My first real introduction to 3D Robotics (3DR) was by way of their IRIS+ drone. With its “Follow-Me” technology, pre-programmed flight missions, and ability to utilize a GoPro camera, the IRIS+ proved to be such a compelling package that I purchased one for myself. Although I had some flight experience with (much) more basic drones, I wasn’t truly prepared for everything the IRIS+ had to offer.
To be honest, having so much access to flight and control settings could be quite intimidating to a fairly novice pilot. The IRIS+ is a good drone, but during my initial setup I found myself having to contact the (absolutely stellar) support team at 3DR to double-check system settings and configuration prior to my first flight. It is clear that I was not alone with these issues, based upon how they designed the new Solo platform.
Powered by two 1GHz Linux computers and packed with a variety of automated flight control features, the Solo is as easy to use as a smartphone app. Unique from its competition, 3DR decided to make the make the Solo its lone prosumer offering, opting to build it upon a modular platform that can evolve with changes in use and technology. Needless to say, I now have a Solo sitting next to my IRIS+.
Although I can go on about its ingenious programming, stable flight dynamics and overall ease of use, perhaps the best feature that the 3DR Solo has to offer is its HDMI port located in the rear of the controller. I know that an HDMI port doesn’t seem like a big deal, but to the team here at Stream Dudes- we saw a wealth of potential.
For starters, that HDMI port feeds “clean,” live, HD video directly from the Solo and into your hands, without the need for any additional add-on equipment. This is important because it means that there is no need to worry about mounting and wiring a wireless transmitter onto the drone. The only additional equipment you (might) need would be located safely on the ground.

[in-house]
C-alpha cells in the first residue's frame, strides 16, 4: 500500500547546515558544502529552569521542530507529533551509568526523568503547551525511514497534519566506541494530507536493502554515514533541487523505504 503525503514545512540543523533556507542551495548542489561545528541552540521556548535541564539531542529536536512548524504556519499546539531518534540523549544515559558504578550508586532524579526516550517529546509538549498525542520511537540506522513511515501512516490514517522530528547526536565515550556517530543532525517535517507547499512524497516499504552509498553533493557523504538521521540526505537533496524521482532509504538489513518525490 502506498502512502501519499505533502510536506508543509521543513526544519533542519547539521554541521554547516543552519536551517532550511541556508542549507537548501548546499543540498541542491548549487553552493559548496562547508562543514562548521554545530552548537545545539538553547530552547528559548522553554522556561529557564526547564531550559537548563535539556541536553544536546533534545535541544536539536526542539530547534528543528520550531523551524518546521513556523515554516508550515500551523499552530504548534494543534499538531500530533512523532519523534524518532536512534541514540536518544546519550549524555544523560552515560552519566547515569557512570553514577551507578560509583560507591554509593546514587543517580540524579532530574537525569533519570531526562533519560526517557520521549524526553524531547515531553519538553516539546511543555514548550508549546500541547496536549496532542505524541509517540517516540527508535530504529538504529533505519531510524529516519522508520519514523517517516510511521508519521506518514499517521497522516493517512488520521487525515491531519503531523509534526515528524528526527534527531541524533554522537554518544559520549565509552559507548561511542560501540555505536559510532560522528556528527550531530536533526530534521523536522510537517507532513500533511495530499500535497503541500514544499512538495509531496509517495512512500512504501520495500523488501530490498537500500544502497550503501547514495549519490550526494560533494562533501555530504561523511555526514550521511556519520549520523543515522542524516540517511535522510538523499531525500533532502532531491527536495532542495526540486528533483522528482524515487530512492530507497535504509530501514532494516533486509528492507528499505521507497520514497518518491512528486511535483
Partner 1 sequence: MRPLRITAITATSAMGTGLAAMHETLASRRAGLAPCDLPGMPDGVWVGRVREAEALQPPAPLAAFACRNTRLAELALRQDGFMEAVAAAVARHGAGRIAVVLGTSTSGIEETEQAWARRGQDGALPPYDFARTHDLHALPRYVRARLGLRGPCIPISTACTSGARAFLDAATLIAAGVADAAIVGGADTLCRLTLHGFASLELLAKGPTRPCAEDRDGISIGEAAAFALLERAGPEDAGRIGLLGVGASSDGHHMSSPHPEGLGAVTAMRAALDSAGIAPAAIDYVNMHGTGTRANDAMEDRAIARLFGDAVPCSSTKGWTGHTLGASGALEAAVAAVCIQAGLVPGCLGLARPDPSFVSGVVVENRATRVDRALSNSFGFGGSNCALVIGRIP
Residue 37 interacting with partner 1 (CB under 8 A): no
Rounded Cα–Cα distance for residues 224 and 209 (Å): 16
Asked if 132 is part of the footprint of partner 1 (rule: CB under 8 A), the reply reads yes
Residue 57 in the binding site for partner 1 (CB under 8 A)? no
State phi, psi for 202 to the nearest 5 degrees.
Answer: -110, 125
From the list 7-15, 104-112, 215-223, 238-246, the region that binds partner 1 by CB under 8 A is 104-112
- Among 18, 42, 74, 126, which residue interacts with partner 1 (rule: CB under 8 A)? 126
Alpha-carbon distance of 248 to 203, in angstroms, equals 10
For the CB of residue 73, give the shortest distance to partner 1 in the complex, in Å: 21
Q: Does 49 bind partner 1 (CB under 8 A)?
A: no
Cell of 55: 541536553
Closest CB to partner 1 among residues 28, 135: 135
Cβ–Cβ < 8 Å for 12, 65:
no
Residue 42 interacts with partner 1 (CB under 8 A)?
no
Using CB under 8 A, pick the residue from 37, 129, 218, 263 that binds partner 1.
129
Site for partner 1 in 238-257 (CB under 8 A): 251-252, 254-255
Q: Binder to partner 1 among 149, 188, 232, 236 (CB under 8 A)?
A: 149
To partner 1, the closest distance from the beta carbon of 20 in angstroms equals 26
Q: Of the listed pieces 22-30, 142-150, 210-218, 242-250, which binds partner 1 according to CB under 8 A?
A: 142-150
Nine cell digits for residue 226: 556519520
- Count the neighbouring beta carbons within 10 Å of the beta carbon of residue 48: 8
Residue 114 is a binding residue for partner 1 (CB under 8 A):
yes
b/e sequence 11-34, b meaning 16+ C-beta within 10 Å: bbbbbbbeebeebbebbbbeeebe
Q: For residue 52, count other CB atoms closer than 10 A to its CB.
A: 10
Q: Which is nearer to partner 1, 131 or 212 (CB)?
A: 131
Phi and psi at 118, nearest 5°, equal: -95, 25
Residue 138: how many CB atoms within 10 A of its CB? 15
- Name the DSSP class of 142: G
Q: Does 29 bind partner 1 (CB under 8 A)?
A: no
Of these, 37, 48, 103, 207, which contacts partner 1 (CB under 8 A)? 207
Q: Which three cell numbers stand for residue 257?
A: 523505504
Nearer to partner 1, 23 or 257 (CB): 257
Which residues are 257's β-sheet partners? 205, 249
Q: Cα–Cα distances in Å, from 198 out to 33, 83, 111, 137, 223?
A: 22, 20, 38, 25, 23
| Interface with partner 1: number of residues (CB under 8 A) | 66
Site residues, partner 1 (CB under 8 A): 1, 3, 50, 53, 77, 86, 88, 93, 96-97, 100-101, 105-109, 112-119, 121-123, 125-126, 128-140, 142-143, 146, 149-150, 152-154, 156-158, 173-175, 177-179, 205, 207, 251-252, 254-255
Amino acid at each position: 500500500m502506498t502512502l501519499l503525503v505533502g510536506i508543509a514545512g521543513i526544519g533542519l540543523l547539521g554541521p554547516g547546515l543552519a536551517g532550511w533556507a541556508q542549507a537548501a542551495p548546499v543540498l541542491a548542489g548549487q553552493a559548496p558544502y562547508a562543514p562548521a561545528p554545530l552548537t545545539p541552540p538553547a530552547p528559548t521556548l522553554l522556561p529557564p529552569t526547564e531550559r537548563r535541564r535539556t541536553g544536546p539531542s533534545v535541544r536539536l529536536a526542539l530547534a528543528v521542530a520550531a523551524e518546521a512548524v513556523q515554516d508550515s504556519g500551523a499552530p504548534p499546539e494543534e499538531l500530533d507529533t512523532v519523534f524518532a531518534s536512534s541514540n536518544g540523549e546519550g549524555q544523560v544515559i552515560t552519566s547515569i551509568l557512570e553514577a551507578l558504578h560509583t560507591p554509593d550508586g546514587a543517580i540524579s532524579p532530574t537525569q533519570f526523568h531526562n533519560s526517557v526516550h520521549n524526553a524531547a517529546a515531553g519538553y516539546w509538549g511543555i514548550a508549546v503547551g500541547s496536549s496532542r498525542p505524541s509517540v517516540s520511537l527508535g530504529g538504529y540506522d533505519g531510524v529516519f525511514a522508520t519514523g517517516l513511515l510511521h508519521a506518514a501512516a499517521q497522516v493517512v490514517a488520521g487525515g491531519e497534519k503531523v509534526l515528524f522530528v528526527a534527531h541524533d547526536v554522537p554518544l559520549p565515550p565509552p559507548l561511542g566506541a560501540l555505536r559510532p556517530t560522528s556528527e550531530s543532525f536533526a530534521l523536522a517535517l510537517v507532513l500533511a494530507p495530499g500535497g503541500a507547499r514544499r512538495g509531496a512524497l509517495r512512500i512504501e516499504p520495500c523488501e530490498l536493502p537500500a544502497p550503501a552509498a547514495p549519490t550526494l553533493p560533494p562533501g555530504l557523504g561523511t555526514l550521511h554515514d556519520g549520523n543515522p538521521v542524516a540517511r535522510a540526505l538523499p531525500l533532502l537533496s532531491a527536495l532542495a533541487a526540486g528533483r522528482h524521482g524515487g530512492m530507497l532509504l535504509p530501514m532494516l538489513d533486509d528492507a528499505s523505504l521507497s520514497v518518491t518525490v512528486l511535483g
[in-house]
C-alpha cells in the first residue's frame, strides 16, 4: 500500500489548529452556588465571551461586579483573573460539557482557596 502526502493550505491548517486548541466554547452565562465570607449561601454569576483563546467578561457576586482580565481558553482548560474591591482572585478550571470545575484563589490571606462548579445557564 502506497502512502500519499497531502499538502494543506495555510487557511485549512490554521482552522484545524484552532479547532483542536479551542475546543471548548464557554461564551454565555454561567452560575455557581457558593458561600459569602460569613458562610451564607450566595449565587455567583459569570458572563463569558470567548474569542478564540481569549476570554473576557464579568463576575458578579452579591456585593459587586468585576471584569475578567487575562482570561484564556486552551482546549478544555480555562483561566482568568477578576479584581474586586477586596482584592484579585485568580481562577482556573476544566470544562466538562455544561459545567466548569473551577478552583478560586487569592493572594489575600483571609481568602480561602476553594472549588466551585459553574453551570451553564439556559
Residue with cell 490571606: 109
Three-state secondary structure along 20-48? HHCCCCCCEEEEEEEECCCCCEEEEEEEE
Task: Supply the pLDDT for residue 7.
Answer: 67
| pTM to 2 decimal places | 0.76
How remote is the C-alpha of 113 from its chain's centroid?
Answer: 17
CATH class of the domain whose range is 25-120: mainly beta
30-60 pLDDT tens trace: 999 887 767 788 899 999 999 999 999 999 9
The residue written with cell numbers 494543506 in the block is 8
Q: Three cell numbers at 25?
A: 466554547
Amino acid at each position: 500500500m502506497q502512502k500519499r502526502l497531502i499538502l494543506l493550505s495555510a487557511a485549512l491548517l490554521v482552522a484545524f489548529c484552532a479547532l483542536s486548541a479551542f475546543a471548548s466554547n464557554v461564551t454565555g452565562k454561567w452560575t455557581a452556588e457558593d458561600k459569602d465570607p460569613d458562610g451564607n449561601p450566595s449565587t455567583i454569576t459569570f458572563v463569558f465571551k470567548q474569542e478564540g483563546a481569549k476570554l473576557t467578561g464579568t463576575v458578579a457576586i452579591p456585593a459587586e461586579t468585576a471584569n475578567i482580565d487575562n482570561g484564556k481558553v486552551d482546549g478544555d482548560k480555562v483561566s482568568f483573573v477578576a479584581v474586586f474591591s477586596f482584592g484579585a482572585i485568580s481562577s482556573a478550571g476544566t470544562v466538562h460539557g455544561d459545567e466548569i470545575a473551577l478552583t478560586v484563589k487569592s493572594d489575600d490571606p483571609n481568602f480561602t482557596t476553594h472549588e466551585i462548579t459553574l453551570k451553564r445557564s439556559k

Testing that theory, the team connected a micro HDMI to HDMI cable to the Solo’s controller and fed the signal into my vMix GO Plus via an Atomos Connect H2S HDMI to SDI converter- it worked incredibly well. Considering that we were using a GoPro Hero 3+, the image looked suitable for production use and led us to try a few other potential workflows.
The next test was conducted using an Atomos Ninja 2, which would serve as a capture device capable of obtaining a ProRes recording as well as acting as a secondary monitor- it too worked well. In fact, having the clean pass through on the Ninja along with the way that the Connect H2S can easily attach via the battery port, meant that an Atomos monitor can be used in conjunction with a switcher.
Finally, we tried something very simple. We connected a Teradek VidiU to the Solo’s controller and were able to easily stream our live footage out to UStream, making this workflow the easiest way TO stream live drone footage directly to the web. Due to its simplicity, we have a feeling that this might become the most popular workflow scenario we have tested, thus far.
Considering its ease of operation, great support from 3DR, future enhancements, and added functionality provided by the HDMI port- we feel that the 3DR Solo should be a serious consideration for any producer. To make workflow integration even easier, we here at Stream Dudes have created several Solo Sets that are designed to address specific production goals. On behalf of the team, I encourage you to Contact Us with any questions you might have about the 3DR Solo- The World’s First Smart Drone.
COO & Product Manager